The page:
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Thread: Non-Milsurp: Winchester M70 Identification Help WHAT IT BE!

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  1. #21
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    Quote Originally Posted by usabaker View Post
    I think you mean Short Action, it's a .243 Win. Thanks for the eBAY item number. The reason I was looking at the Boyd id because of their AT-ONE stock, it has the adjustable length of pull and cheek rest at a reasonable price; but I dont see one for the heavy barrel. If I don't go with that then I think I'd be at factory stock just to bring it back to the original configuration.
    No. I meant long action like I said. Just because it's in .243 doesn't automatically make it a short action. Prior to the late 80's early 90's there was no such thing as a model 70 short action. They were all the same length.
    Standard actions for shorter cartridges like .243 were fitted with a magazine block(Open the floor plate and you can see it just ahead of the middle action screw) and shorter spring and followed. The ejector and bolt stop were changed also to shorten bolt stroke. Distance between action screws will be 7 5/8".
    Last edited by vintage hunter; 06-08-2019 at 05:05 PM.

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  3. #22
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    Quote Originally Posted by USGI View Post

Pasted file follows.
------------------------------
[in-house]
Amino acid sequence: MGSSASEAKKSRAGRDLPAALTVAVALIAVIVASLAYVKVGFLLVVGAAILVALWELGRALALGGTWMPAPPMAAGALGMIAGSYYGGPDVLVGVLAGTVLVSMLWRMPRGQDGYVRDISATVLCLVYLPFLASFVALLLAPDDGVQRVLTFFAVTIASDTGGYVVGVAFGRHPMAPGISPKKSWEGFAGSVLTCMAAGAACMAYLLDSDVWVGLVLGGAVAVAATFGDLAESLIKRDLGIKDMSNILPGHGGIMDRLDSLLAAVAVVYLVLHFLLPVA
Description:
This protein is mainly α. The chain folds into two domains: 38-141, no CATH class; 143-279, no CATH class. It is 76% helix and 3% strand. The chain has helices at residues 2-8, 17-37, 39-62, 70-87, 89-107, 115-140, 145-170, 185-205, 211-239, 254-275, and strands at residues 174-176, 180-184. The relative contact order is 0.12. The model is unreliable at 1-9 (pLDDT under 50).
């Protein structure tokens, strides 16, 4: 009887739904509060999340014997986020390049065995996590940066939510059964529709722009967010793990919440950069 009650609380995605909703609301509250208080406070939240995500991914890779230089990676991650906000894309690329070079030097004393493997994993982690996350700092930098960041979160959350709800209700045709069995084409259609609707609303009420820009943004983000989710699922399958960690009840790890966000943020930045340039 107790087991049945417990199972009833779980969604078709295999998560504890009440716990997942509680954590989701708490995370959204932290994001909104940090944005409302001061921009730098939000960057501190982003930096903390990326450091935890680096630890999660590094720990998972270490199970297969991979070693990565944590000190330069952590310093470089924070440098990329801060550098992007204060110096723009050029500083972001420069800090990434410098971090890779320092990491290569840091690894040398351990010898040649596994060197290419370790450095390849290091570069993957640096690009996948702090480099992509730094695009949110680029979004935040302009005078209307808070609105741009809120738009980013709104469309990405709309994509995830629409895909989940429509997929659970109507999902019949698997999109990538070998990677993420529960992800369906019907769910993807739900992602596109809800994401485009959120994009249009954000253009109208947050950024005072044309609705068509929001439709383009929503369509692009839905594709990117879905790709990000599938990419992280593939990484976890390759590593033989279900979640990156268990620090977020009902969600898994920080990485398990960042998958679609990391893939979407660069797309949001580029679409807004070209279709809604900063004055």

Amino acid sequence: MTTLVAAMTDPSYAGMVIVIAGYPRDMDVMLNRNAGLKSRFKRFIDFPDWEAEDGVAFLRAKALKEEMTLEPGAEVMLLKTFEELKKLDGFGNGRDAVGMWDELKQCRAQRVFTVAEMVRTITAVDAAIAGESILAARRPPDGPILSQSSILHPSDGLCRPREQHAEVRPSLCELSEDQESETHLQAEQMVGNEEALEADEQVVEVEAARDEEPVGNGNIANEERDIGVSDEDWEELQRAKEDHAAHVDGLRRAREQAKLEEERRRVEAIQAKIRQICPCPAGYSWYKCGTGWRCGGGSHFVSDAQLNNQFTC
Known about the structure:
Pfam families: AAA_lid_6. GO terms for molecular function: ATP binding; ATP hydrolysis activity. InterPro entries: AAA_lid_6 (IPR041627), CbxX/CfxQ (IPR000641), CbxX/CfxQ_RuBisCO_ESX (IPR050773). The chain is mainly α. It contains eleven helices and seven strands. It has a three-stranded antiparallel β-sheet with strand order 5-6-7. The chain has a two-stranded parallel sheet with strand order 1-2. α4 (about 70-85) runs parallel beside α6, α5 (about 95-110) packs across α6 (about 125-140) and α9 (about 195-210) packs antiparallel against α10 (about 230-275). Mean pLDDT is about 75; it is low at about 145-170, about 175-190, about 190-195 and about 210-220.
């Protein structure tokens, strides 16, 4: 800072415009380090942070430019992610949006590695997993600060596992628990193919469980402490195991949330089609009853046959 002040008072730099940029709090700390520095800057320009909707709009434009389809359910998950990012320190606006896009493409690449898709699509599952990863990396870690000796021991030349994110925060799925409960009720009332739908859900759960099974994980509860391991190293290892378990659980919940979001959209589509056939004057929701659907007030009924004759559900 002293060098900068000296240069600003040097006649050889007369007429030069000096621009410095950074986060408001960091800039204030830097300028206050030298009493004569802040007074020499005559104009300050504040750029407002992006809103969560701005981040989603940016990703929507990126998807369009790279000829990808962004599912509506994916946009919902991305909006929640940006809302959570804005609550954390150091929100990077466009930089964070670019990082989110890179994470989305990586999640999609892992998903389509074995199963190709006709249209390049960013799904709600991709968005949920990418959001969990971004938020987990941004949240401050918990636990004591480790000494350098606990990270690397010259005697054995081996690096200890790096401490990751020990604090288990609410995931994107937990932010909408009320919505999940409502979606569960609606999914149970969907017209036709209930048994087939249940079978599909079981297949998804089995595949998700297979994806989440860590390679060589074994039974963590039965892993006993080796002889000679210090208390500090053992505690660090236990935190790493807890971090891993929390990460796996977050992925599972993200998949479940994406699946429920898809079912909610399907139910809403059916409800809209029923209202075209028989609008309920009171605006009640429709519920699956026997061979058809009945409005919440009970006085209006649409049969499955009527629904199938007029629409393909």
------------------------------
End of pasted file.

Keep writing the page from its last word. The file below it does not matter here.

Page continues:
https://www.pmulcahy.com/bolt-action...hester_m70.htm

    You haven't told us the barrel length. Just curious if it's 25 inches, and if it has the word VARMINT stamped on it? - Bob
    Hi Bob that was a great website thank you! I just pulled the rifle out of the safe. From the bolt face to the muzzle the barrel is 24" I pulled the action out of the stock and there are no other markings, nothing that says Varmint on it.

    It does have a two peice floorplate.

    Took some additional pictures
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  6. #23
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    I did find a stamping in the stock
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    Quote Originally Posted by vintage hunter View Post
    No. I meant long action like I said. Just because it's in .243 doesn't automatically make it a short action. Prior to the late 80's early 90's there was no such thing as a model 70 short action. They were all the same length.
    Wow, you just saved me a bunch of money, I had no clue on that one. I haven't seen that information on any of the stock sites. I looked at the action and don't see a magazine block. The measurements between the screws is just like you said 7 5/8"

    UPDATE: Do you mean the block off in the Magazine Box? I see one in it, My magazine box is marked with an A.

    Thats what I love about this forum Thank you !
    Last edited by usabaker; 06-08-2019 at 06:21 PM.